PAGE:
Date of Award
Doctor of Philosophy (PhD)
As social behavior moves increasingly online, the study of social behavior has followed. Online traces of social systems, whether to study online behavior directly or the online traces of offline activity, have made possible previously unavailable empirical analyses of people, groups and organizations. However, practically observing any social system is nontrivial: even if we can directly instrument and measure the social constructs we wish to study, we will still observe this through the lens of the system itself. We inherit effects due to the design and history of the platform, the ecology of other online systems, the measurement tool and pre-processing of our data, and the assumptions of our models. At the same time, organizations represent a fundamental unit of human social behavior. Then, to understand social behavior, we must understand how the size, boundaries, and context of organizations impact social relationships within them. I focus on this boundary of online systems and offline activity in organizations. We exploit heterogeneities across populations of social networks to explore the boundary of online systems, online social behavior, and offline activity across different organizations. I discuss empirical work exploring how offline behavior is reflected in online systems, and conversely, how an online system relates to offline outcomes. We then turn to the relationship between the measurement of networks from online data and past work on network structure and evolution.
In this dissertation, I develop a comparative structural perspective to tease apart the roles of these exogenous and endogenous processes on network structure. Using populations of comparable networks, I explore the roles of individual social strategies, organizational environments, and network construction on network structure. First, I explore how the unique timing and setting of Facebook's initial expansion to universities afforded a natural experiment, revealing differences in social strategies and network growth, and we explore empirical network scaling in this population of networks. We find that the social strategies employed by students who only interacted online differed from those who had interacted in the offline world. Second, I explore a vaunted tradition of organization theory---relating a firm's informal network structure to firm performance---using a novel email network data set across a population of large firms. In this setting, I explore the previously untested heterogeneity of firms and the relationships between organization size, organization context and social network structure. There, we find a surprising amount of heterogeneity across firm types, and a lack of relationship between network structure and firm performance. We find novel scaling results, including a lack of relationship between the size of a firm and an individual's number of contacts, but find that the formal geographic structure of an organization increases bottlenecks in communication across firms. Finally, reflecting on the challenges of working with social networks drawn from interaction data, I explore the connections between network construction and network evolution. To put these connections in perspective, I visit the theory of weak ties, network stability and network densification using this lens. We find evidence to confirm, reject, and suggest novel hypotheses in this literature. We find, for example, that network densification can appear as an artifact of total activity within the observed system.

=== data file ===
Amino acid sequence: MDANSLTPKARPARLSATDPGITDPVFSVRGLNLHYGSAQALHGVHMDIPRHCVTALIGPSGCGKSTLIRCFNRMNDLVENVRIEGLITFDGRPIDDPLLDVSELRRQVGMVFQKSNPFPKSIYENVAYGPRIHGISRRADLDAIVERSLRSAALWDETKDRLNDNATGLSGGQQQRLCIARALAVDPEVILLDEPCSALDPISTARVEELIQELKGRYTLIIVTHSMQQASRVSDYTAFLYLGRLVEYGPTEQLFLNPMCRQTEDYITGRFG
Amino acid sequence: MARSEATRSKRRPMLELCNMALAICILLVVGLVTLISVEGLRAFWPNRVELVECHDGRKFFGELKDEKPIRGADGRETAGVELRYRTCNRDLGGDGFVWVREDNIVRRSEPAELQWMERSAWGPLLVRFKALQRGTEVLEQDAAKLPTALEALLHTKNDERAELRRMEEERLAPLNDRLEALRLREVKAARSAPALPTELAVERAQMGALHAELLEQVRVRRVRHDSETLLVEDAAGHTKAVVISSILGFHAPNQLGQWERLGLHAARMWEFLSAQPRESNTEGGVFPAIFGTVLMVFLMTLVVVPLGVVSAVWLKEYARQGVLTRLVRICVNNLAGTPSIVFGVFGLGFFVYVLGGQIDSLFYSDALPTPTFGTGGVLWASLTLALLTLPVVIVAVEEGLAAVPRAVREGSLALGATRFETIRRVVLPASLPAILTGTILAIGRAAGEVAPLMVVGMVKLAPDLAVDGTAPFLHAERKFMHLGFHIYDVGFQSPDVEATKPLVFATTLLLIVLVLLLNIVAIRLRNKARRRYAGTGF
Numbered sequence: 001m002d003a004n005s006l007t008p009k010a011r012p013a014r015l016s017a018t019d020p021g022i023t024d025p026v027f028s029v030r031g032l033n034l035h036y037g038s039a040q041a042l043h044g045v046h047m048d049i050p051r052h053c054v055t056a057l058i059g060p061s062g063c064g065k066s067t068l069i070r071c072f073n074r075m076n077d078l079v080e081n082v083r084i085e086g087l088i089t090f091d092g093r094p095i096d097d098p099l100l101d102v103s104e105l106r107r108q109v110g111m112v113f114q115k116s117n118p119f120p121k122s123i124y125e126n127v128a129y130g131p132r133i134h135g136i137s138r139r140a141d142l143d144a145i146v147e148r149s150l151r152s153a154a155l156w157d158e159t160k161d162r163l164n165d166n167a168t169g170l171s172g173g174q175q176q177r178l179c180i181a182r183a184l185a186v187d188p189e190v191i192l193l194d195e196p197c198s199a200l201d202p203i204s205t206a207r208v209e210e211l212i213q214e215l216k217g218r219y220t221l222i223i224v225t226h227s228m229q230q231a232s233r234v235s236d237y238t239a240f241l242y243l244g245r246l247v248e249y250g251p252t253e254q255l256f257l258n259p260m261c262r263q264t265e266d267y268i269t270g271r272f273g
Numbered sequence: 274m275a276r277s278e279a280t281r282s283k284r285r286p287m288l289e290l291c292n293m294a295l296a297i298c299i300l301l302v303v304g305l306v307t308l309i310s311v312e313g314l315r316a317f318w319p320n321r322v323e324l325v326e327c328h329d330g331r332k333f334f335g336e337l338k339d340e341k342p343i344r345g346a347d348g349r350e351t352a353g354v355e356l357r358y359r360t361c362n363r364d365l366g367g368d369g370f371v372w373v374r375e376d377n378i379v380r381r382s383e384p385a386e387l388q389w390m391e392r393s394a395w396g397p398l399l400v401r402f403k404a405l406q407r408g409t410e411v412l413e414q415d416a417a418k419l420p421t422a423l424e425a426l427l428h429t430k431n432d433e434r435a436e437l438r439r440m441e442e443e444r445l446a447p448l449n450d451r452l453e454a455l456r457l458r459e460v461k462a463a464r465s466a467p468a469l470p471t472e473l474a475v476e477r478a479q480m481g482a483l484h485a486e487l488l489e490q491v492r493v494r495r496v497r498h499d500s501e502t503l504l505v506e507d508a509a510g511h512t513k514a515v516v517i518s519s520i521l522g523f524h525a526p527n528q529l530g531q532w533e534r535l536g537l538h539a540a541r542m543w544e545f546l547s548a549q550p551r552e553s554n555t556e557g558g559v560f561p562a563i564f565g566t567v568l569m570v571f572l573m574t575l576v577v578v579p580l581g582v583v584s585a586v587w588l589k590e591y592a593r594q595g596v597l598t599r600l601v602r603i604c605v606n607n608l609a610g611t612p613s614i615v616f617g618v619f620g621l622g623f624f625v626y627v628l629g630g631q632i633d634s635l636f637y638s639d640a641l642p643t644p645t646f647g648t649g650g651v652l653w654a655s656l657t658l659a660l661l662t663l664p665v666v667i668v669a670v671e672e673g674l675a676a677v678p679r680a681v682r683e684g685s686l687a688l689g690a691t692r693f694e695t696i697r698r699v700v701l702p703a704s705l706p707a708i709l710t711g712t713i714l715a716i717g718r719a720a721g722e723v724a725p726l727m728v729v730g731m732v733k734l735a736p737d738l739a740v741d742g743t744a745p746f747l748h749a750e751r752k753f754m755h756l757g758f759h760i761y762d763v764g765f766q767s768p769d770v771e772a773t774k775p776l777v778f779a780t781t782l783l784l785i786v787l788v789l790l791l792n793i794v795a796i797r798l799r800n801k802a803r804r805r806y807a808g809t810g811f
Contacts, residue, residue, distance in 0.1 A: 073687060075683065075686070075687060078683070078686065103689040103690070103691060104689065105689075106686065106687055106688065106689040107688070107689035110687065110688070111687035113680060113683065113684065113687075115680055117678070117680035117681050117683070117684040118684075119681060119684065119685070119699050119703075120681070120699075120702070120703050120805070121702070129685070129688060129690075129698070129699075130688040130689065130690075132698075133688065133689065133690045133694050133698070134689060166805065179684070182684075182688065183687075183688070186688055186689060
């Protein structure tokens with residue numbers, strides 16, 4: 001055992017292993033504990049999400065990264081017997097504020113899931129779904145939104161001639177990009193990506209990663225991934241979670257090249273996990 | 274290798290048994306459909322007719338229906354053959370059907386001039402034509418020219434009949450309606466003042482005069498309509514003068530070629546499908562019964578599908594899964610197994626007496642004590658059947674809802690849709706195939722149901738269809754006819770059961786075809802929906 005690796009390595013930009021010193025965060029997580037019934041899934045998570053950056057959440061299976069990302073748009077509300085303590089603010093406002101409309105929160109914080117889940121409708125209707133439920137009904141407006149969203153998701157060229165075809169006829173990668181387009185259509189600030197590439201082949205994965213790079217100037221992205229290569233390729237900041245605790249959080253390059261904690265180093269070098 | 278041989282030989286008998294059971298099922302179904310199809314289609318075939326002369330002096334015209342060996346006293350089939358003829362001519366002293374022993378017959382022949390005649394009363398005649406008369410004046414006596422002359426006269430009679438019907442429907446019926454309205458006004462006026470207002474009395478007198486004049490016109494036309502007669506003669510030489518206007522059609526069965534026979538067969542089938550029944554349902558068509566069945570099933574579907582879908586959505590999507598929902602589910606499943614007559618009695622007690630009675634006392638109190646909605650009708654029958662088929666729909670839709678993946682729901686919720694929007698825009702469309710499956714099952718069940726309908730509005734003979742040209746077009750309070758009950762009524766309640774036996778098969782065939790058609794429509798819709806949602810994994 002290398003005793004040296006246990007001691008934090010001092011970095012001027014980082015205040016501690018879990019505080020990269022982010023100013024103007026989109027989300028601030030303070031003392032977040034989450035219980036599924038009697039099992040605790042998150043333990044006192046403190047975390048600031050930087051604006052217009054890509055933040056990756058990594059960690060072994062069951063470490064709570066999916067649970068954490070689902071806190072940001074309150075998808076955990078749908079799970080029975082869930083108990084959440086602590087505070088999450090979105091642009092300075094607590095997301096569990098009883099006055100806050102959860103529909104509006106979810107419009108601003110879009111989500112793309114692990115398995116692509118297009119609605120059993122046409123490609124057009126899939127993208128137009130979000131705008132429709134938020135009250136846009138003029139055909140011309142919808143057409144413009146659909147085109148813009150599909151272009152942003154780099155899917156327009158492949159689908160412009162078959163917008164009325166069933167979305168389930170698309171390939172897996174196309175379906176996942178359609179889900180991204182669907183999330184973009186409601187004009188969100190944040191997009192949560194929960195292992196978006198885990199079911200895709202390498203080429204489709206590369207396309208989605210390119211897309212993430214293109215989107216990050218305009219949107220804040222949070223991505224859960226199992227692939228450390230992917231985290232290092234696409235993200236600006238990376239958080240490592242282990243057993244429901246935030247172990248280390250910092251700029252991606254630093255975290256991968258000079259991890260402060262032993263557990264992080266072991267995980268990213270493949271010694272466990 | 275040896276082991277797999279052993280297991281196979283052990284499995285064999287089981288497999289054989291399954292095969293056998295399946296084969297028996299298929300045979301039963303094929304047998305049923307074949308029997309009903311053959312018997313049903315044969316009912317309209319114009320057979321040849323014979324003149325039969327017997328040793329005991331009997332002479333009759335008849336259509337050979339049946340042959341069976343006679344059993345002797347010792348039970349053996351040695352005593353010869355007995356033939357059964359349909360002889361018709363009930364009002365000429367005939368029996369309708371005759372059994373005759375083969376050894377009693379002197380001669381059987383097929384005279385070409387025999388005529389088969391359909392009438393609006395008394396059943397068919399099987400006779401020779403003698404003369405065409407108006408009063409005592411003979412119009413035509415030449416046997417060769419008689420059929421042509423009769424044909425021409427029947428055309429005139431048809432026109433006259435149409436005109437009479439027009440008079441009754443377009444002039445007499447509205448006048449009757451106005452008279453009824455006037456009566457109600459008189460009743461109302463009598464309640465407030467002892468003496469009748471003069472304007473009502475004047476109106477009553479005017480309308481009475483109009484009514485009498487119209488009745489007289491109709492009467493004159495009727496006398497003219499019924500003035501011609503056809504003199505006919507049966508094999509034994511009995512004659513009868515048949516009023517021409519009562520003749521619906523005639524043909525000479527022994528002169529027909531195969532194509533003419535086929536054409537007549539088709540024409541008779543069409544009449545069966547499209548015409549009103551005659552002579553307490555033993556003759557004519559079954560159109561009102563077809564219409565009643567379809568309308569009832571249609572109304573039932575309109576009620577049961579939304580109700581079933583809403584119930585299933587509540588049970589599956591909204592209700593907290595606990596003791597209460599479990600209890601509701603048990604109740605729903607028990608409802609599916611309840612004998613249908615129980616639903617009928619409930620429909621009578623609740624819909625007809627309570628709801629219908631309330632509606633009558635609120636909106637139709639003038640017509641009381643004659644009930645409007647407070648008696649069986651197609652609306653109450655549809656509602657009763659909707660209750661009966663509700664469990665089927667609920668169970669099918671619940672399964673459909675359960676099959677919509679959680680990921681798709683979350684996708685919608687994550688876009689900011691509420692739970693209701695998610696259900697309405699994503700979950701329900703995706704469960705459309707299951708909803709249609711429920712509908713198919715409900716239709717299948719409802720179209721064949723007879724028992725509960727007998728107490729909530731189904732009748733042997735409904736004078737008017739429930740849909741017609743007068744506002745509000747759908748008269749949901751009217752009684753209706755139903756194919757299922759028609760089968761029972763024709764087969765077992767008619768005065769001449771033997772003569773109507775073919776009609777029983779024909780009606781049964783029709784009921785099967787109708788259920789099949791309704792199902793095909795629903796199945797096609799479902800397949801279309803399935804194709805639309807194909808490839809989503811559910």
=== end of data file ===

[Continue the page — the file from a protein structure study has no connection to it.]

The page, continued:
The comparative approach is uncontroversial but novel in the empirical study of networks, organization theory, and computational social science. In this context, the comparative approach allows us to compare empirical scaling properties to results from random graph theory. Using networks bounded by organizations and platforms, we can leverage the boundaries of online systems to relate covariates at the platform-, organization-, or network-l
Jacobs, Abigail Z., "Comparative, Population-Level Analysis of Social Networks in Organizations" (2017). Computer Science Graduate Theses & Dissertations. 147.